CLACKAMAS, Ore. (KOIN) — The Portland firefighter’s union argues it is firefighters who put out the fires, not the appartuses they use.
Earlier this week, a fire broke out at Trillium Lumber Yard in North Portland. Before city budget cuts, an engine from Station 8 — with water and hose and a crew of four — would have responded with a ladder truck.
But the truck crew had to wait two minutes for an engine company with water and hose to arrive from Janzen Beach.
As part of the changes, city officials said the two stations impacted by the cuts will soon receive a quint.
Clackamas County Fire District 1 has two quints, including one in Milwaukie. The quint is a 2-in-1 apparatus with both ladder and water operations and a crew of four.
“It’s one job or the other,” said Clackamas County Fire Engineer Jeff Bennett. “We’re either performing ladder operations or we’re going to perform pumper operations.”
The quint carries less water and hose line than an engine — about 300 gallons — but it’s enough “to put out perhaps a car fire, maybe a dumpster fire,” he said.
This crew operates mainly as a ladder company.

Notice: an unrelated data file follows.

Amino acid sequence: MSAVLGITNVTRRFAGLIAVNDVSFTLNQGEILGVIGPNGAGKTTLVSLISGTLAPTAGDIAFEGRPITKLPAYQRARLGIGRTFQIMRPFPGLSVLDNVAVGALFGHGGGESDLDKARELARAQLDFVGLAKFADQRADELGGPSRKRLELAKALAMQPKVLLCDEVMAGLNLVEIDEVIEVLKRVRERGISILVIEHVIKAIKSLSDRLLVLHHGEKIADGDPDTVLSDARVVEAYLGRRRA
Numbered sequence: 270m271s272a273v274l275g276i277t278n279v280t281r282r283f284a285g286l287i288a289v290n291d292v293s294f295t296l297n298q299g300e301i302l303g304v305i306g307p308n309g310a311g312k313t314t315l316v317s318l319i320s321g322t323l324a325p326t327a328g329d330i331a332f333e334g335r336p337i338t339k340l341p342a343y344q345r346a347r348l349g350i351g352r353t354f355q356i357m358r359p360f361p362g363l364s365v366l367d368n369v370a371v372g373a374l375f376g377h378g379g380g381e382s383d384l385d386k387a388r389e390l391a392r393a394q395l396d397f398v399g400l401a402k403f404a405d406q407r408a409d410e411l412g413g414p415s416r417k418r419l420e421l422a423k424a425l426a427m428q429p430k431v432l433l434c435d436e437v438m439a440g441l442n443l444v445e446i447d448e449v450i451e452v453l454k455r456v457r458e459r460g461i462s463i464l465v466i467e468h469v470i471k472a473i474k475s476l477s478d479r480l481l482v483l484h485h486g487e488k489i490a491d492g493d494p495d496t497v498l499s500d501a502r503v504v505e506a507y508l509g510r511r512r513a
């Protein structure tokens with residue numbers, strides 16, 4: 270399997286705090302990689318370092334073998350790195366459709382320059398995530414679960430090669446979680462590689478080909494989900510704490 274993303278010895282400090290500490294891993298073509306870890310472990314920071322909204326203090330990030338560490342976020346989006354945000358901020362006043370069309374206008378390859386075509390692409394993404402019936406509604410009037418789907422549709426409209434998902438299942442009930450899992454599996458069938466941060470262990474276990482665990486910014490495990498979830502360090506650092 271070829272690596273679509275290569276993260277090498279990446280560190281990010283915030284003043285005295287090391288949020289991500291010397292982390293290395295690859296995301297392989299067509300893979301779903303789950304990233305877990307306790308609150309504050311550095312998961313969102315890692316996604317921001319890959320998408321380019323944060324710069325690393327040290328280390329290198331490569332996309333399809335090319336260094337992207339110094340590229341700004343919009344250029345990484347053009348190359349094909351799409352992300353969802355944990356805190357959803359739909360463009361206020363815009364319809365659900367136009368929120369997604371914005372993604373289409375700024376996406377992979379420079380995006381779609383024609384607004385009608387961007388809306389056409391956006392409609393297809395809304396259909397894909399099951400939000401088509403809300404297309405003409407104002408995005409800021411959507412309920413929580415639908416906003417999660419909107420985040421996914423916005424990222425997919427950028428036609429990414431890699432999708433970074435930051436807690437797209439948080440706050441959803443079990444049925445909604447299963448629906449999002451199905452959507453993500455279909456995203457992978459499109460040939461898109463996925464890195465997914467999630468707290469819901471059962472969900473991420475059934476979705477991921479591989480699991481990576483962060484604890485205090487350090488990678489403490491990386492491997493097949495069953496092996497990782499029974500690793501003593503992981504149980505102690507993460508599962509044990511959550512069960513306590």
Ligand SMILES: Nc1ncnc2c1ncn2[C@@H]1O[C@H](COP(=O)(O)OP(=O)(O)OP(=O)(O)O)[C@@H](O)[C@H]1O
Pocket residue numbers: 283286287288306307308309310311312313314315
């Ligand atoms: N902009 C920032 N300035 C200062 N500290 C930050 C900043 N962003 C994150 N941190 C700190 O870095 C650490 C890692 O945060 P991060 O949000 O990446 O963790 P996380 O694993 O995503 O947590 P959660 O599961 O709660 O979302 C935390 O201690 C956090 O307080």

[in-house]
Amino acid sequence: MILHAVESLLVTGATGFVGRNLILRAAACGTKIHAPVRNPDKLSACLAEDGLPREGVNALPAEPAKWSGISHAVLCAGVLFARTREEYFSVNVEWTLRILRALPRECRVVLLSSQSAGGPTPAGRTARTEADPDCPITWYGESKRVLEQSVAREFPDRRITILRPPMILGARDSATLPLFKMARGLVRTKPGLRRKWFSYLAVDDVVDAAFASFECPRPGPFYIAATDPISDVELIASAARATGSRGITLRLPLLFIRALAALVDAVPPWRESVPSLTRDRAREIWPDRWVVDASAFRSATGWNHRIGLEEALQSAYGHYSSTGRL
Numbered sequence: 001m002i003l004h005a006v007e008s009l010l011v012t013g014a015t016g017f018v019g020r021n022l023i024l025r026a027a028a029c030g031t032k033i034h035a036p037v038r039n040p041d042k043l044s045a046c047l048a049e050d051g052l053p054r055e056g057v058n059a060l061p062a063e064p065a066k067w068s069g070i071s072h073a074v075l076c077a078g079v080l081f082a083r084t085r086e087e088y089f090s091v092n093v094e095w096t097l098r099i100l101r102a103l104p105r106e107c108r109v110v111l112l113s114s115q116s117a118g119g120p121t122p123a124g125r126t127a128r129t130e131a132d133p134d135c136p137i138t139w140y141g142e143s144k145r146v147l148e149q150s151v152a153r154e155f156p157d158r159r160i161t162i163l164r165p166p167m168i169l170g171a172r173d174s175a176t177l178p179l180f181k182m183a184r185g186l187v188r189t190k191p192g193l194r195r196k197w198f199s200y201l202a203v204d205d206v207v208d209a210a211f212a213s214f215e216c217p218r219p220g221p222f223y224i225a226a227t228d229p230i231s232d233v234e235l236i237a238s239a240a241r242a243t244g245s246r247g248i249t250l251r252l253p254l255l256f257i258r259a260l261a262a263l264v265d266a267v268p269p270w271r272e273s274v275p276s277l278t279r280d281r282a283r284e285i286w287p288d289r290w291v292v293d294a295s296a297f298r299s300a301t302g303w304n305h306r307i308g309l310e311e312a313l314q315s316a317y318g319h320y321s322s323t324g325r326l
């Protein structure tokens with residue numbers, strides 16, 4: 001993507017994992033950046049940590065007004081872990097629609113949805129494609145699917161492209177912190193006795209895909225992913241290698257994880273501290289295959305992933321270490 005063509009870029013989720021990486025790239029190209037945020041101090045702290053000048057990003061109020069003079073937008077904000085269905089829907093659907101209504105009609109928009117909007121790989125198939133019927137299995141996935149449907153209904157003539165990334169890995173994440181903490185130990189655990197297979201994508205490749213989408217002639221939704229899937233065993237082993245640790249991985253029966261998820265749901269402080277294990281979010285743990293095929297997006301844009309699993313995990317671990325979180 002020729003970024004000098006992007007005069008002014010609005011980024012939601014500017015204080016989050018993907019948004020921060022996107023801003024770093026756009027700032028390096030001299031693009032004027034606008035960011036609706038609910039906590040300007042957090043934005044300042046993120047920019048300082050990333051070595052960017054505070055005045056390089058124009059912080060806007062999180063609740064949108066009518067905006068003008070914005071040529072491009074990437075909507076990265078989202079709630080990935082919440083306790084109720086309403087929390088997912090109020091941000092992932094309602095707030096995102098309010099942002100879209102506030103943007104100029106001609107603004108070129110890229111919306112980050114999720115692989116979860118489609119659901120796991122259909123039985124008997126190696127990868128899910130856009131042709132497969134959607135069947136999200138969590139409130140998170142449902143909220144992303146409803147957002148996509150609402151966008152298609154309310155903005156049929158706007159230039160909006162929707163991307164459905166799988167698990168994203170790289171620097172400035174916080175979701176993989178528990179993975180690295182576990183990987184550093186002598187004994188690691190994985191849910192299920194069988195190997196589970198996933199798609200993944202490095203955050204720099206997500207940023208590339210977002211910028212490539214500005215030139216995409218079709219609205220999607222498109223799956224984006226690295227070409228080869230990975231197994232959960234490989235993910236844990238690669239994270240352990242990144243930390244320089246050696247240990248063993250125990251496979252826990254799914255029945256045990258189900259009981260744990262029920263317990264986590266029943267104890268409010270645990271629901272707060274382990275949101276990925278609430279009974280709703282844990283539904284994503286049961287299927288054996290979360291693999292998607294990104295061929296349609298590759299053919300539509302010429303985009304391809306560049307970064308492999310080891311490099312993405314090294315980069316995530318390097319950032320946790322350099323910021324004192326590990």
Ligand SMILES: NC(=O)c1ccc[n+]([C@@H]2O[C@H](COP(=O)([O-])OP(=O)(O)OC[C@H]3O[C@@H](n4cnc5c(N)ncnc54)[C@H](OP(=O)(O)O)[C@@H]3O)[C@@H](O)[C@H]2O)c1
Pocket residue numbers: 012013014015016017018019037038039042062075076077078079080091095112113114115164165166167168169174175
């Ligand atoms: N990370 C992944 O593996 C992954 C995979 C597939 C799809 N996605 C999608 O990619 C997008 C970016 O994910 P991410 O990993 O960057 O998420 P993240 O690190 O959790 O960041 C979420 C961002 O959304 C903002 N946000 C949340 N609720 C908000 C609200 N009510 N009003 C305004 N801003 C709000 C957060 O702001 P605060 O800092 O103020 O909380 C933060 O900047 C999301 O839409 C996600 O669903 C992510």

“Our primary obligation is making sure we search a structure and look for victims and provide vertical ventilation,” he said, “so we can clear the smoke and gas out so fire companies can come in and put out the fire.”
That takes more firefighters arriving with more hose and water on an engine from a nearby station. It’s typically there very quickly.
Members of the Portland Firefighters Association said even with a quint, public safety is a concern for an urban department like Portland’s.
“In the Kenton and Parkrose, there’s a reduced response-ability now and that also affects the surrounding neighborhoods because those fire engines from those neighborhoods now have to come in to help out,” said Michael Wight of the Portland Firefighters Association.
The two new quints for Portland were set to arrive Friday and should be in service by the end of August once they’re equipped and the crews are trained.